News Column

Ill. Latino Republicans Struggle to Woo Hispanic Vote

Aug. 31, 2012

John Byrne

Latino vote

Illinois Republican Party co-chair Gabriela Wyatt knows the importance of attracting Latino voters in November. She also knows it's an uphill climb for the GOP to make inroads with the nation's fastest-growing demographic.

Some polls show Latino voters favoring President Obama 2-1 over Republican nominee Mitt Romney. Wyatt, a Mexican-born resident of Aurora, said Romney is saddled with years of Hispanic perceptions of Republicans.

"I think the problems are bigger than just Mitt Romney. In general, it is the Republican Party," said Wyatt, who has been vice president of the Republican National Hispanic Assembly of Illinois. "For years, Hispanics have been supporting Democrats at all levels. And Democrats have been reaching out more to Hispanics than Republicans. That's one of the facts."

To counter that, the GOP is using its big stage this week to push back against the perception that Hispanics are at odds with the party's platform. Prime-time presenters at the convention have worked Spanish phrases into their speeches. The governor of Puerto Rico popped into the Illinois delegation's morning meeting. And Republican Latino politicians have addressed convention delegates.

On Tuesday night at the made-for-TV event at the Tampa Bay Times Forum, U.S. Senate candidate Ted Cruz of Texas told hundreds of delegates from around the country about his father, who emigrated from Cuba. Speaking in Spanish, Cruz said his dad came to the U.S. with nothing except heart.

Later, Luce Vela, the first lady of Puerto Rico, introduced herself to the crowd as "a very proud Latina and a die-hard Republican" while setting the stage for the speech by Ann Romney, Mitt Romney's wife. The next morning, Vela's husband, Puerto Rico Gov. Luis Fortuno, drew applause from Illinois Republicans at their daily breakfast when he described his efforts to balance the commonwealth's budget.

Nationwide delegates also heard testimony Tuesday night by a Hispanic business owner who decried Obama's fiscal policies. And Cher Valenzuela, a candidate for Delaware lieutenant governor, talked to the crowd about her husband, Eli, a second-generation Mexican-American.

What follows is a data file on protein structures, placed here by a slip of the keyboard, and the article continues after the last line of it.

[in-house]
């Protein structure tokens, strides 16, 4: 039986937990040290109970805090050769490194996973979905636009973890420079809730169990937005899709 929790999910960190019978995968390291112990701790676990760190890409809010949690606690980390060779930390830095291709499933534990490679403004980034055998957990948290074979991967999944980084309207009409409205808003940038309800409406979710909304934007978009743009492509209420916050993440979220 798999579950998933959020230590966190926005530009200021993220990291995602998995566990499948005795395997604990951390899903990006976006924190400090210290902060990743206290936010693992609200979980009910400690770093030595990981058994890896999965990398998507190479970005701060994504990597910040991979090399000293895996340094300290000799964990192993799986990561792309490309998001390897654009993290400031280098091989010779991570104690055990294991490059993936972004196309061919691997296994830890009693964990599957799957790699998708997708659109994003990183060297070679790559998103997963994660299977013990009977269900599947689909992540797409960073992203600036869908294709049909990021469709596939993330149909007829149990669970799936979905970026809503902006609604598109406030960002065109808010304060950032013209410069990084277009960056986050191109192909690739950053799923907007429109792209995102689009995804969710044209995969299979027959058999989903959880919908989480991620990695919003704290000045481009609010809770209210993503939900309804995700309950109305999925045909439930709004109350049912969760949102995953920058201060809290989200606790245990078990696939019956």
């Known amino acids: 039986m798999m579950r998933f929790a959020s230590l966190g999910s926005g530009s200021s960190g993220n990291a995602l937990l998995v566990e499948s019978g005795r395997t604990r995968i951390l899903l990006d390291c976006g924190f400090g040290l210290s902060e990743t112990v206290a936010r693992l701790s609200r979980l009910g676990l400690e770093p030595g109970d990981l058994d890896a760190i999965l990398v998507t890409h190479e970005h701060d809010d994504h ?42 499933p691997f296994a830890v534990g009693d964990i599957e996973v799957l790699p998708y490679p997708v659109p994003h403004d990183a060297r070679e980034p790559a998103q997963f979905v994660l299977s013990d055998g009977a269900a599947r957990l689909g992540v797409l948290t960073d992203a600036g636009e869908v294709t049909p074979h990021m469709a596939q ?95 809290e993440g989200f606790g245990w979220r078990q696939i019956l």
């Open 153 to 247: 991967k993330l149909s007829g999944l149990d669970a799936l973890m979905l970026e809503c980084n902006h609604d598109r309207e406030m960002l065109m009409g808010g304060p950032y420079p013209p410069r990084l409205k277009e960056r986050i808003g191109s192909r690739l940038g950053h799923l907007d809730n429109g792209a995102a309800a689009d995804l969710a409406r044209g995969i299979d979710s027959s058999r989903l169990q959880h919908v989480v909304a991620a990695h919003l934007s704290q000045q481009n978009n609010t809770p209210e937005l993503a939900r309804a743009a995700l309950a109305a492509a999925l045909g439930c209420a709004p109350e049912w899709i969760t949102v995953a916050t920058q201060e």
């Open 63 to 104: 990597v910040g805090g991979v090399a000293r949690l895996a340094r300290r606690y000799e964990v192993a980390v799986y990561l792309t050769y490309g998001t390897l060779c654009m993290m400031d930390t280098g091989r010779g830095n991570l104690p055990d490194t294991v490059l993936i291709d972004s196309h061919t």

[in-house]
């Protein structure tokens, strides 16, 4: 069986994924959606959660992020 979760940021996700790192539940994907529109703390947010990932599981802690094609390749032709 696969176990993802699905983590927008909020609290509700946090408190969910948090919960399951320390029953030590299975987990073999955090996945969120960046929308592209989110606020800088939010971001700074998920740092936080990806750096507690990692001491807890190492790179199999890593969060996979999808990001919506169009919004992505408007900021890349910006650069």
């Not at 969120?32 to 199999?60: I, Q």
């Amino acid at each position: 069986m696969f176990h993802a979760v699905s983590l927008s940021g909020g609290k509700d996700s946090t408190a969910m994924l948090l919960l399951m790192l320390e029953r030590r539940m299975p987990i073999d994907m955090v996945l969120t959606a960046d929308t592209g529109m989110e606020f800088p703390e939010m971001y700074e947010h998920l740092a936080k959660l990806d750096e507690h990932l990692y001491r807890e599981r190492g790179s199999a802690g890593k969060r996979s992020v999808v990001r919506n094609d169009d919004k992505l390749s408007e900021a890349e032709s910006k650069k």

On Wednesday, delegates heard from New Mexico Gov. Susana Martinez.

Angel Garcia, president of the Chicago Young Republicans, said the party has to highlight to voters that it includes among its ranks elected Latino officials at all levels of government.

"I think that for the last 12 years we've seen the Republican Party not market itself well to Latinos," Garcia said. "But when you look at people like (Florida U.S. Sen.) Marco Rubio, you see that the party has people who can be extremely appealing to Latinos."

Obama is widely thought to have consolidated the Latino vote with his recent order to give young undocumented immigrants two years of protected status in the U.S., a move that drew a crowd estimated at 13,000 this month to fill out applications at Navy Pier.

While taking anything but a hard line on undocumented immigration leaves Republican candidates vulnerable to attacks from the right in their party, Garcia said he thinks Romney will find a way to do it.

"Obama made all these promises, he has had a whole term and he didn't do anything until the very end," Garcia said.

Wyatt, meanwhile, said Republican success locally with Latinos lies in the hard work of making the case to voters, one family at a time. Hispanic voters in Aurora respond to the GOP plan for growing the economy and strengthening schools, she said.

"When I go door to door and people hear that I'm there for a Republican candidate, it's hard," she said. "They are very skeptical. But they will listen. Sometimes it takes a half-hour just for one Latino family, but they will let you make the case."

Amid the talk of wooing Latinos, however, there's the GOP platform. It advocates making English the official language of the U.S. -- a position many Latinos say is impractical for newly arrived immigrants.

"To that end, while we encourage the retention and transmission of heritage tongues, we support English as the nation's official language, a unifying force essential for the educational and economic advancement of -- not only immigrant communities -- but also our nation as a whole," the platform reads.



Source: (c)2012 the Chicago Tribune Distributed by MCT Information Services


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